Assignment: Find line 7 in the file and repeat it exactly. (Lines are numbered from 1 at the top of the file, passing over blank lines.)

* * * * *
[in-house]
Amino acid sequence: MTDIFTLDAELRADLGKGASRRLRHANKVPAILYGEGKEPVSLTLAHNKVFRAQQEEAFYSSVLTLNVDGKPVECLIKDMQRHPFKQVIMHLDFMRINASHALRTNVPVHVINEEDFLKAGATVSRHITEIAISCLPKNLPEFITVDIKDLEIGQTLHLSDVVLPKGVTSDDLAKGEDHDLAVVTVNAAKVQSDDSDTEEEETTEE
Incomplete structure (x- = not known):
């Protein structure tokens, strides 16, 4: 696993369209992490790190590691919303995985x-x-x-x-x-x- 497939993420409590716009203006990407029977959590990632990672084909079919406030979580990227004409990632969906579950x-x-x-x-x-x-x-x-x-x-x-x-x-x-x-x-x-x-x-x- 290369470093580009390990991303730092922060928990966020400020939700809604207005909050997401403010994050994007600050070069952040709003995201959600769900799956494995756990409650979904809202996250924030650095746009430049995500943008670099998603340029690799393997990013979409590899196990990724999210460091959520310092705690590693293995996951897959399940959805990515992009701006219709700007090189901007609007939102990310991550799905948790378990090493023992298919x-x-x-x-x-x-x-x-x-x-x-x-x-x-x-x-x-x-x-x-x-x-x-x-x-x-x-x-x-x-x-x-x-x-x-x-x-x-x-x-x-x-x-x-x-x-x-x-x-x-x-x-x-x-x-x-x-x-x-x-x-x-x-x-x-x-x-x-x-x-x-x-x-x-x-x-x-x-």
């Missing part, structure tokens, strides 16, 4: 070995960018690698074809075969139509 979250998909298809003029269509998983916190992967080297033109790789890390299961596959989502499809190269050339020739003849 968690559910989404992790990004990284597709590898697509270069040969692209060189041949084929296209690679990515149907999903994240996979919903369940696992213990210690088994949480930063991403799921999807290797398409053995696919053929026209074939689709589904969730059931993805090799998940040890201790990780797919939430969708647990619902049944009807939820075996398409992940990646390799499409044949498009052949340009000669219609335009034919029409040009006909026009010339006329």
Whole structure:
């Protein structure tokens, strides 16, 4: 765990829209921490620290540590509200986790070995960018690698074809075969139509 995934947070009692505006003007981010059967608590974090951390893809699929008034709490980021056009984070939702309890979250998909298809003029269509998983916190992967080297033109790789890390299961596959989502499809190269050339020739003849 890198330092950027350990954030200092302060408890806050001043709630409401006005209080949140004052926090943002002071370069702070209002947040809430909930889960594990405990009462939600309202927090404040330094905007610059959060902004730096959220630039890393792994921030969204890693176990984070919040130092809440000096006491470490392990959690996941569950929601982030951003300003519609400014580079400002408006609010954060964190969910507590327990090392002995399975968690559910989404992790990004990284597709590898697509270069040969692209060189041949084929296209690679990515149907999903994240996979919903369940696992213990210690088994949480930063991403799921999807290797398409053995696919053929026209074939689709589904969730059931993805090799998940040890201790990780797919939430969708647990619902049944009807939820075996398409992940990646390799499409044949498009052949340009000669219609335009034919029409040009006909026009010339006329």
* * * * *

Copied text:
């Protein structure tokens, strides 16, 4: 765990829209921490620290540590509200986790070995960018690698074809075969139509 995934947070009692505006003007981010059967608590974090951390893809699929008034709490980021056009984070939702309890979250998909298809003029269509998983916190992967080297033109790789890390299961596959989502499809190269050339020739003849 890198330092950027350990954030200092302060408890806050001043709630409401006005209080949140004052926090943002002071370069702070209002947040809430909930889960594990405990009462939600309202927090404040330094905007610059959060902004730096959220630039890393792994921030969204890693176990984070919040130092809440000096006491470490392990959690996941569950929601982030951003300003519609400014580079400002408006609010954060964190969910507590327990090392002995399975968690559910989404992790990004990284597709590898697509270069040969692209060189041949084929296209690679990515149907999903994240996979919903369940696992213990210690088994949480930063991403799921999807290797398409053995696919053929026209074939689709589904969730059931993805090799998940040890201790990780797919939430969708647990619902049944009807939820075996398409992940990646390799499409044949498009052949340009000669219609335009034919029409040009006909026009010339006329």